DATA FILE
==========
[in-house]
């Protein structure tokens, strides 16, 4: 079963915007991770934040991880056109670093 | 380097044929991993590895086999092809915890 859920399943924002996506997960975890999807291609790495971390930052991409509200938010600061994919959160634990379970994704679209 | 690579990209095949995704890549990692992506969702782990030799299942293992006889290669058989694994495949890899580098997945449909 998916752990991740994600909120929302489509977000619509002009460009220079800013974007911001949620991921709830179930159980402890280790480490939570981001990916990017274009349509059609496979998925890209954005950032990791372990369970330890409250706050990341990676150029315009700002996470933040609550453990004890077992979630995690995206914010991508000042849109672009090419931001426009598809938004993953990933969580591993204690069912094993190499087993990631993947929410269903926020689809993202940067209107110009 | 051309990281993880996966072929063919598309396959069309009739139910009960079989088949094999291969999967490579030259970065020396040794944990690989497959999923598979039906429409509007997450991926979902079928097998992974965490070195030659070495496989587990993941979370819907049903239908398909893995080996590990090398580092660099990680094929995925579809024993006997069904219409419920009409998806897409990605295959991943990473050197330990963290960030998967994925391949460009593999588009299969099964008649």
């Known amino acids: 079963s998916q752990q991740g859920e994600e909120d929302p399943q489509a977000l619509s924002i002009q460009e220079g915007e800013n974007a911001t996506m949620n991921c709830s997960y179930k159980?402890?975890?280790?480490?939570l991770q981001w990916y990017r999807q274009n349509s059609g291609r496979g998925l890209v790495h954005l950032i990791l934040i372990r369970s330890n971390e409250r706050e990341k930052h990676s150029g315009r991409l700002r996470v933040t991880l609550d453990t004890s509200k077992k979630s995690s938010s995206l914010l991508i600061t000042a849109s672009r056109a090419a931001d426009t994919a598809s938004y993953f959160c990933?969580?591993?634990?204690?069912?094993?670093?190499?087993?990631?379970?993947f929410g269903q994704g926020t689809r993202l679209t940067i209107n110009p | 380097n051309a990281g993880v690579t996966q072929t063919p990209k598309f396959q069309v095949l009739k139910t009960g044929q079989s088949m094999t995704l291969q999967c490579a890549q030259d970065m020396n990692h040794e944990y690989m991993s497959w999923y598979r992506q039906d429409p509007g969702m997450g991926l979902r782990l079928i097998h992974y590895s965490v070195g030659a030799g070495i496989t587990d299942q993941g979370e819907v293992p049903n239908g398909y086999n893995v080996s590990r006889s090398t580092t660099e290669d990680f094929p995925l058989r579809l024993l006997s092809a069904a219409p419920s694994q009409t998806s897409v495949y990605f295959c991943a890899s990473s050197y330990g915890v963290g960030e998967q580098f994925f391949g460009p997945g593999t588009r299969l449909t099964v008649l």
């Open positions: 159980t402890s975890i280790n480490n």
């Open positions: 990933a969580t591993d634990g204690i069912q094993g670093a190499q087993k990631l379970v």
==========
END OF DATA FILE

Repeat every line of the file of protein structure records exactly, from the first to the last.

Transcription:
[in-house]
């Protein structure tokens, strides 16, 4: 079963915007991770934040991880056109670093 | 380097044929991993590895086999092809915890 859920399943924002996506997960975890999807291609790495971390930052991409509200938010600061994919959160634990379970994704679209 | 690579990209095949995704890549990692992506969702782990030799299942293992006889290669058989694994495949890899580098997945449909 998916752990991740994600909120929302489509977000619509002009460009220079800013974007911001949620991921709830179930159980402890280790480490939570981001990916990017274009349509059609496979998925890209954005950032990791372990369970330890409250706050990341990676150029315009700002996470933040609550453990004890077992979630995690995206914010991508000042849109672009090419931001426009598809938004993953990933969580591993204690069912094993190499087993990631993947929410269903926020689809993202940067209107110009 | 051309990281993880996966072929063919598309396959069309009739139910009960079989088949094999291969999967490579030259970065020396040794944990690989497959999923598979039906429409509007997450991926979902079928097998992974965490070195030659070495496989587990993941979370819907049903239908398909893995080996590990090398580092660099990680094929995925579809024993006997069904219409419920009409998806897409990605295959991943990473050197330990963290960030998967994925391949460009593999588009299969099964008649």
């Known amino acids: 079963s998916q752990q991740g859920e994600e909120d929302p399943q489509a977000l619509s924002i002009q460009e220079g915007e800013n974007a911001t996506m949620n991921c709830s997960y179930k159980?402890?975890?280790?480490?939570l991770q981001w990916y990017r999807q274009n349509s059609g291609r496979g998925l890209v790495h954005l950032i990791l934040i372990r369970s330890n971390e409250r706050e990341k930052h990676s150029g315009r991409l700002r996470v933040t991880l609550d453990t004890s509200k077992k979630s995690s938010s995206l914010l991508i600061t000042a849109s672009r056109a090419a931001d426009t994919a598809s938004y993953f959160c990933?969580?591993?634990?204690?069912?094993?670093?190499?087993?990631?379970?993947f929410g269903q994704g926020t689809r993202l679209t940067i209107n110009p | 380097n051309a990281g993880v690579t996966q072929t063919p990209k598309f396959q069309v095949l009739k139910t009960g044929q079989s088949m094999t995704l291969q999967c490579a890549q030259d970065m020396n990692h040794e944990y690989m991993s497959w999923y598979r992506q039906d429409p509007g969702m997450g991926l979902r782990l079928i097998h992974y590895s965490v070195g030659a030799g070495i496989t587990d299942q993941g979370e819907v293992p049903n239908g398909y086999n893995v080996s590990r006889s090398t580092t660099e290669d990680f094929p995925l058989r579809l024993l006997s092809a069904a219409p419920s694994q009409t998806s897409v495949y990605f295959c991943a890899s990473s050197y330990g915890v963290g960030e998967q580098f994925f391949g460009p997945g593999t588009r299969l449909t099964v008649l």
């Open positions: 159980t402890s975890i280790n480490n």
């Open positions: 990933a969580t591993d634990g204690i069912q094993g670093a190499q087993k990631l379970v």